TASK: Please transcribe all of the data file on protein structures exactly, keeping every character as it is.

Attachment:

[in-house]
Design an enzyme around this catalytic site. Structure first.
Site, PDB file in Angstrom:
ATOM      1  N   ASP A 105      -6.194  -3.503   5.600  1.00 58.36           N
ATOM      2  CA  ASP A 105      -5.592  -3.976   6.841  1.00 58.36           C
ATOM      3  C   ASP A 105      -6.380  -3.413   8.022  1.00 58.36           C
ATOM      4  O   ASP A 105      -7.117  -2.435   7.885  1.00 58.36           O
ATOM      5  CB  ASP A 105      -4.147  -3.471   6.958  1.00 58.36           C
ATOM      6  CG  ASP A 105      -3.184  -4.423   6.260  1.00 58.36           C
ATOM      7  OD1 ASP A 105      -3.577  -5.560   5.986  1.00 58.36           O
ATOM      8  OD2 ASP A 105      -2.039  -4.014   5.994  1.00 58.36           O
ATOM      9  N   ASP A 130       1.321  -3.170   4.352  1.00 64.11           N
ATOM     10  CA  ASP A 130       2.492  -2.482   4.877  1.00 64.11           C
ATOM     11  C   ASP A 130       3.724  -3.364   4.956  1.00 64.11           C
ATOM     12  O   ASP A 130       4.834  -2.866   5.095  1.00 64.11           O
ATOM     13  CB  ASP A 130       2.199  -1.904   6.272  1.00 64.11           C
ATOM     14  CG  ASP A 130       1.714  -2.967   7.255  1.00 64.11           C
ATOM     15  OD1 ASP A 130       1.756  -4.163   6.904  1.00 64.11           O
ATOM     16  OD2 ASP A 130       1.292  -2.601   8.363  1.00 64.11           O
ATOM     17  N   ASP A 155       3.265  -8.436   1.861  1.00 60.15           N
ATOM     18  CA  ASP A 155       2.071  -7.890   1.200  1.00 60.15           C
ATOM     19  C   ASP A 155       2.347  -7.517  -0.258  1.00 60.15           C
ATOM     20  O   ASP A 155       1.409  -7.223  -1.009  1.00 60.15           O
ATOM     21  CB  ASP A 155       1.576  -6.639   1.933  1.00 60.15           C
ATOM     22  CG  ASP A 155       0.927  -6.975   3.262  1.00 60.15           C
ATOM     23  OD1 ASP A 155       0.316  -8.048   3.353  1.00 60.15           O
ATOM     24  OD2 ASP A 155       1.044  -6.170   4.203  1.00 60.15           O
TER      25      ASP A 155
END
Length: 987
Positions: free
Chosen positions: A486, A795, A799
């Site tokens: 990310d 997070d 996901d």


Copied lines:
[in-house]
Design an enzyme around this catalytic site. Structure first.
Site, PDB file in Angstrom:
ATOM      1  N   ASP A 105      -6.194  -3.503   5.600  1.00 58.36           N
ATOM      2  CA  ASP A 105      -5.592  -3.976   6.841  1.00 58.36           C
ATOM      3  C   ASP A 105      -6.380  -3.413   8.022  1.00 58.36           C
ATOM      4  O   ASP A 105      -7.117  -2.435   7.885  1.00 58.36           O
ATOM      5  CB  ASP A 105      -4.147  -3.471   6.958  1.00 58.36           C
ATOM      6  CG  ASP A 105      -3.184  -4.423   6.260  1.00 58.36           C
ATOM      7  OD1 ASP A 105      -3.577  -5.560   5.986  1.00 58.36           O
ATOM      8  OD2 ASP A 105      -2.039  -4.014   5.994  1.00 58.36           O
ATOM      9  N   ASP A 130       1.321  -3.170   4.352  1.00 64.11           N
ATOM     10  CA  ASP A 130       2.492  -2.482   4.877  1.00 64.11           C
ATOM     11  C   ASP A 130       3.724  -3.364   4.956  1.00 64.11           C
ATOM     12  O   ASP A 130       4.834  -2.866   5.095  1.00 64.11           O
ATOM     13  CB  ASP A 130       2.199  -1.904   6.272  1.00 64.11           C
ATOM     14  CG  ASP A 130       1.714  -2.967   7.255  1.00 64.11           C
ATOM     15  OD1 ASP A 130       1.756  -4.163   6.904  1.00 64.11           O
ATOM     16  OD2 ASP A 130       1.292  -2.601   8.363  1.00 64.11           O
ATOM     17  N   ASP A 155       3.265  -8.436   1.861  1.00 60.15           N
ATOM     18  CA  ASP A 155       2.071  -7.890   1.200  1.00 60.15           C
ATOM     19  C   ASP A 155       2.347  -7.517  -0.258  1.00 60.15           C
ATOM     20  O   ASP A 155       1.409  -7.223  -1.009  1.00 60.15           O
ATOM     21  CB  ASP A 155       1.576  -6.639   1.933  1.00 60.15           C
ATOM     22  CG  ASP A 155       0.927  -6.975   3.262  1.00 60.15           C
ATOM     23  OD1 ASP A 155       0.316  -8.048   3.353  1.00 60.15           O
ATOM     24  OD2 ASP A 155       1.044  -6.170   4.203  1.00 60.15           O
TER      25      ASP A 155
END
Length: 987
Positions: free
Chosen positions: A486, A795, A799
């Site tokens: 990310d 997070d 996901d």